One-Day Meeting in Combinatorics

12 June 2023, 1.00 PM - 12 June 2023, 5.30 PM

LG.02, School of Mathematics, Fry Building, Woodland Road, Bristol, BS8 1UG

This One-Day Meeting in Combinatorics, taking place in LG.02 the afternoon of Monday 12th June (1pm-5:30pm) in the University of Bristol's Fry Building, features talks from four internationally-renowned researchers.
There is no registration fee, and refreshments will be provided during the afternoon coffee break. Please register using the link below if you would like to attend, for catering and room-booking purposes. After the meeting, at around 5:30 pm, some of us will head to a nearby pub; all delegates are invited to join.


Paul Balister (Oxford)
Title: Counting graphic sequences via integrated random walks
Abstract: Given an integer n, let G(n) be the number of integer sequences n−1 >= d_1 >= d_2 >= ... >= d_n >= 0 that are the degree sequence of some graph. We show that G(n)=(c+o(1))4^n/n^{3/4} for some constant c>0, improving both the previously best upper and lower bounds by a factor of n^{1/4+o(1)}. The proof relies on a translation of the problem into one concerning integrated random walks.
Joint work with Serte Donderwinkel, Carla Groenland, Tom Johnston and Alex Scott.
Julia Boettcher (LSE)
Title: The chromatic profile of a graph
Abstract: Determining the chromatic number of a graph is a difficult but important problem. Hence, it is not surprising that a variety of questions in Graph Theory concern the search for meaningful upper bounds for the chromatic number of certain families of graphs. One type of graph family that received considerable attention is that of H-free graphs, that is, the family of graphs which do not contain a given graph H as a subgraph. By an old result of Erdős the chromatic number of H-free graphs G can be arbitrarily large (when H is not a forest). Erdős and Simonovits then asked what happens if we additionally introduce a minimum degree for G. This initiated the study of the so-called chromatic profile of a graph H, opening up a number of important directions of research where much remains open today.
Sean Eberhard (QUB)

Title: Group theory without groups
Abstract: The theory of primitive coherent configurations (PCC's), which are loosely speaking "multicoloured strongly regular graphs", has sometimes been described as "group theory without groups" because of its close connection to classical permutation group theory despite its purely combinatorial formulation. One of the theory's great successes was a beautiful 1981 result of Babai that a nontrivial PCC of degree n has at most exp O(4n^(1/2) log^2 n) automorphisms. This implies the same bound for the order of a non-2-transitive primitive permutation group of degree n. Babai also conjectured that PCC's with more than exp(n^epsilon) automorphisms are of a specific form called Cameron schemes. In this talk we will give an introduction to this general theory, an overview of Babai's proof, and the description of a new class of examples contradicting Babai's conjecture. This new class of examples  ("Hamming sandwiches") turns out to be quite rich and includes a large number of examples based on combinatorial designs.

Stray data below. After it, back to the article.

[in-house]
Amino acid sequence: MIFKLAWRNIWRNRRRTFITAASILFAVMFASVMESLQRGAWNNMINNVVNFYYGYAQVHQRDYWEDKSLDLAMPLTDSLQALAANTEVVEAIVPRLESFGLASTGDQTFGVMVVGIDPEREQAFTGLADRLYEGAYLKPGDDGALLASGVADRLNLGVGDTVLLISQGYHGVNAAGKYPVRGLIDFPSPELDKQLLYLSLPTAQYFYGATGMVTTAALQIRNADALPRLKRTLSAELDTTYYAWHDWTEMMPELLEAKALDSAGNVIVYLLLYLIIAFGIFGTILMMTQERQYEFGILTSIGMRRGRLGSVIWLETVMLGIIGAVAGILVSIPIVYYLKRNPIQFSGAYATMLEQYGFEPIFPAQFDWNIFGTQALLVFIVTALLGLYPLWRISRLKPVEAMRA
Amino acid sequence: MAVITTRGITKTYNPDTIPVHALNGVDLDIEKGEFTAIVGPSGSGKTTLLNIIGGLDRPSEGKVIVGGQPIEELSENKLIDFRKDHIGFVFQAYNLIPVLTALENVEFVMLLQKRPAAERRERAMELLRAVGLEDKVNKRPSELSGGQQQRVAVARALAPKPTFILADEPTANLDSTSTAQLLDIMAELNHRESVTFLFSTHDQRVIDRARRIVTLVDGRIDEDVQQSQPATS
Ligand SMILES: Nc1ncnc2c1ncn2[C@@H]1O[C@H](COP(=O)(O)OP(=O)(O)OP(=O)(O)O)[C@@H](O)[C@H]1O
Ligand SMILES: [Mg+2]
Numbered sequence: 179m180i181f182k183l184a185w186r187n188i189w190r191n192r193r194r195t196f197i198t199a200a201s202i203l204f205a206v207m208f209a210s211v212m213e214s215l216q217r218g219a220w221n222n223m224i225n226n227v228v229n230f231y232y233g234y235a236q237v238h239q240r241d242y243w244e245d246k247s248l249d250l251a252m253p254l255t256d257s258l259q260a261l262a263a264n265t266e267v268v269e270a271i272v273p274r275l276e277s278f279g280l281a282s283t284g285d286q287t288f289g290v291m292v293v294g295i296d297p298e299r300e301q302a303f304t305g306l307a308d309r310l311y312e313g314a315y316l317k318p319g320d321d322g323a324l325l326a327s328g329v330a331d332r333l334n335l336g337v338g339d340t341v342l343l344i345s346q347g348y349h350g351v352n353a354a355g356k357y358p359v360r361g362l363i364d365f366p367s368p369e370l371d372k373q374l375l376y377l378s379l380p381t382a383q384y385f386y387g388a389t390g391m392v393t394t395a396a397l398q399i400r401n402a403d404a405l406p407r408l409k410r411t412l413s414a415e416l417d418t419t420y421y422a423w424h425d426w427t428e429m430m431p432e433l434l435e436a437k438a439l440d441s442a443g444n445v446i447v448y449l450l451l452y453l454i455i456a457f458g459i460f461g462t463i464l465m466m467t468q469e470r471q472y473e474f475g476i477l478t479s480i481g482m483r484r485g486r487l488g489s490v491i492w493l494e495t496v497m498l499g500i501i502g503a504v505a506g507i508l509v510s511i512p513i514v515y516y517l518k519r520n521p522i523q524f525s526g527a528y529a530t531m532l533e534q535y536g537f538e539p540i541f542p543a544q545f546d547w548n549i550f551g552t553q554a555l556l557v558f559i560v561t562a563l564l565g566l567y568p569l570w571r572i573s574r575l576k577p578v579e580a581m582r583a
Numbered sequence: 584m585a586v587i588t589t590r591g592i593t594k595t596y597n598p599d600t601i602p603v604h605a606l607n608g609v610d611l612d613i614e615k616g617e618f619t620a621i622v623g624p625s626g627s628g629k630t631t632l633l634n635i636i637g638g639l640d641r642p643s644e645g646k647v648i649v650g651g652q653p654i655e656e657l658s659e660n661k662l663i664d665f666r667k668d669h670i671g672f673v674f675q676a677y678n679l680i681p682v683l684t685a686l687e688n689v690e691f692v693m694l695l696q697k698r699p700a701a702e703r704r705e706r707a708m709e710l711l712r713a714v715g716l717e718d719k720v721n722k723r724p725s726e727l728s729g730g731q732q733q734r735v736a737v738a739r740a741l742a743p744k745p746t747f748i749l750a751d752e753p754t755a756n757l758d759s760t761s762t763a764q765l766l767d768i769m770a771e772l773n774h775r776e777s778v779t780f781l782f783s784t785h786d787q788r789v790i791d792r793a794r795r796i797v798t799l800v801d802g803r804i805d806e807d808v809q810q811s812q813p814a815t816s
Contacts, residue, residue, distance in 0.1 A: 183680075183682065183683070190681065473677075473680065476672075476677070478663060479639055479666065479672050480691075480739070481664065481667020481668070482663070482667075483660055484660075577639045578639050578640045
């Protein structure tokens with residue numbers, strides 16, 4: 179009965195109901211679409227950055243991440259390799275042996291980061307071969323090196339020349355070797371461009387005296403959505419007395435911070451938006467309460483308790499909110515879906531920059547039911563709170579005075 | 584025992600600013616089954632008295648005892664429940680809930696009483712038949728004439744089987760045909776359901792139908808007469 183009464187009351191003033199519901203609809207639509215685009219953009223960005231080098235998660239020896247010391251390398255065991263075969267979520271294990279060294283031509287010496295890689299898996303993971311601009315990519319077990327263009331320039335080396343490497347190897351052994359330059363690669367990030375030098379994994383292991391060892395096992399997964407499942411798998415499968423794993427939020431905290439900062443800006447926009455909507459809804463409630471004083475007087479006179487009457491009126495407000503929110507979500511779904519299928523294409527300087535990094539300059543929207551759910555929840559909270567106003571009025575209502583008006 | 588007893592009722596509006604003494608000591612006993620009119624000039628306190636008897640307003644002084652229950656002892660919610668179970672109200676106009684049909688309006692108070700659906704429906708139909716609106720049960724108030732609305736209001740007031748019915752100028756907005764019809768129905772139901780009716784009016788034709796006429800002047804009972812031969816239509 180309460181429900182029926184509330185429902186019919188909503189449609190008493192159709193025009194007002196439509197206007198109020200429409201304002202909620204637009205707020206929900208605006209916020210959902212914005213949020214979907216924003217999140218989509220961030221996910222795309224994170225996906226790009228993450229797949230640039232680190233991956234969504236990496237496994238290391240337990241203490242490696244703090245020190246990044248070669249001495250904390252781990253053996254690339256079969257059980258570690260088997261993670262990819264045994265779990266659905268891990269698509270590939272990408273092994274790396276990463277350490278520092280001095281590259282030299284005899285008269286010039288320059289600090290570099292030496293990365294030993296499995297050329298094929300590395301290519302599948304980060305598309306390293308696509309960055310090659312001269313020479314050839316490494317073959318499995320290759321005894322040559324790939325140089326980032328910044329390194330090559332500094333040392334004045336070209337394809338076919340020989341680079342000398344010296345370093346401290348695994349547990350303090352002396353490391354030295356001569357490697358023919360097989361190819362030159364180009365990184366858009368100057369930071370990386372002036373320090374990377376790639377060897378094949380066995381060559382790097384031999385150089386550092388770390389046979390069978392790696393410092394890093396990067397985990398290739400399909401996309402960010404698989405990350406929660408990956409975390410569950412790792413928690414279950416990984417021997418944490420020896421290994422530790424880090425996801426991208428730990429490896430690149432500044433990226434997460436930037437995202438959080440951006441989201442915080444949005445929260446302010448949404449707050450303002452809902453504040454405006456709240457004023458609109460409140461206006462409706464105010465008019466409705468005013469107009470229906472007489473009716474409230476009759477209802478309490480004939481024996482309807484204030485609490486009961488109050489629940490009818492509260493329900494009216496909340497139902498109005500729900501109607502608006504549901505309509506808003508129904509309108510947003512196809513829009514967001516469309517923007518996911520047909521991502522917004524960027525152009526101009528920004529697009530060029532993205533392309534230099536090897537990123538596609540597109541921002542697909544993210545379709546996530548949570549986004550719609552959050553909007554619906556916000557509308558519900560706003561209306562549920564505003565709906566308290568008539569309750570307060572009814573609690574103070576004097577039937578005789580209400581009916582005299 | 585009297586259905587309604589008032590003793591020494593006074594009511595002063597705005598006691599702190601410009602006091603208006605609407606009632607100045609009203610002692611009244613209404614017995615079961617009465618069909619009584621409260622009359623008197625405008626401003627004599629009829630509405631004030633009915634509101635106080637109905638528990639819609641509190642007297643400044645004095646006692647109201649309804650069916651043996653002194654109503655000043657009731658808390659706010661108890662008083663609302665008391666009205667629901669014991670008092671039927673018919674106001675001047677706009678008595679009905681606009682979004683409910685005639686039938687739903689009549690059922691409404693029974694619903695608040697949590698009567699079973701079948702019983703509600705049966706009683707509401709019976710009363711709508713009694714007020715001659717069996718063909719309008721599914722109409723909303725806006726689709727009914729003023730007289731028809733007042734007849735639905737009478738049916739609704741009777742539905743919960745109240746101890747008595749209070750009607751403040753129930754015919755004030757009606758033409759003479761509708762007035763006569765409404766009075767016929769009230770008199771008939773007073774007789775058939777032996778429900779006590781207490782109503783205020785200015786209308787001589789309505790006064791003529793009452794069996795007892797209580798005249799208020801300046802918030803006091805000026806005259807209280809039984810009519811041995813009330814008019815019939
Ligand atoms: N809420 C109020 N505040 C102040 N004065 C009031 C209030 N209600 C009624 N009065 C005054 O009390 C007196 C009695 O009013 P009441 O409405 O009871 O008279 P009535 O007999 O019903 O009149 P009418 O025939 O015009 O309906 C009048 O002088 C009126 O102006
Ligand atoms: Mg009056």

Alex Scott (Oxford)
Title: On a problem of El-Zahar and Erdos
Abstract: Two subgraphs A,B of a graph G are anticomplete if they are vertex-disjoint and there are no edges joining them. Is it true that if G is a graph with bounded clique number, and sufficiently large chromatic number, then it has two anticomplete subgraphs, both with large chromatic number? This is a question raised by El-Zahar and  Erdos in 1986, and remains open. If so, then at least there should be two anticomplete subgraphs both with large minimum degree, and that is one of our results.

We prove two variants of this. First, a strengthening: we can ask for one of the two subgraphs to have large chromatic number. Second, we look at what happens if we replace the hypothesis that G has large chromatic number with the hypothesis that G has sufficently large minimum degree. This, together with excluding K_t, is not enough to guarantee two anticomplete subgraphs both with large minimum degree; but it works if instead of excluding a complete graph we exclude a complete bipartite graph. Finally, we discuss analogous problems for tournaments.

This is joint work with Tung Nguyen and Paul Seymour.


1.00pm - 2.00pm Alex Scott (Oxford): On a problem of El-Zahar and Erdos.
2.00pm - 3.00pm Julia Boettcher (LSE): The chromatic profile of a graph.
3.00pm - 3:30pm Coffee break.
3:30pm - 4:30pm Sean Eberhard (QUB): Group theory without groups.
4:30pm - 5:30pm Paul Balister (Oxford): Counting graphic sequences via integrated random walks.
5:30pm - 8:00pm (or later) Pub.
8:15pm onwards: Dinner (for speakers and organisers only).
All talks will take place in LG.02, Fry Building.


Please register via the following link. The deadline for registration is Thursday 8 June, 5pm.


We have some funds to support the travel of UK-based PhD students to and from the meeting; if you are a UK-based PhD student and would like to apply for this, please email, enclosing a short statement of support from your PhD supervisor (note that one or two lines suffice for the latter).

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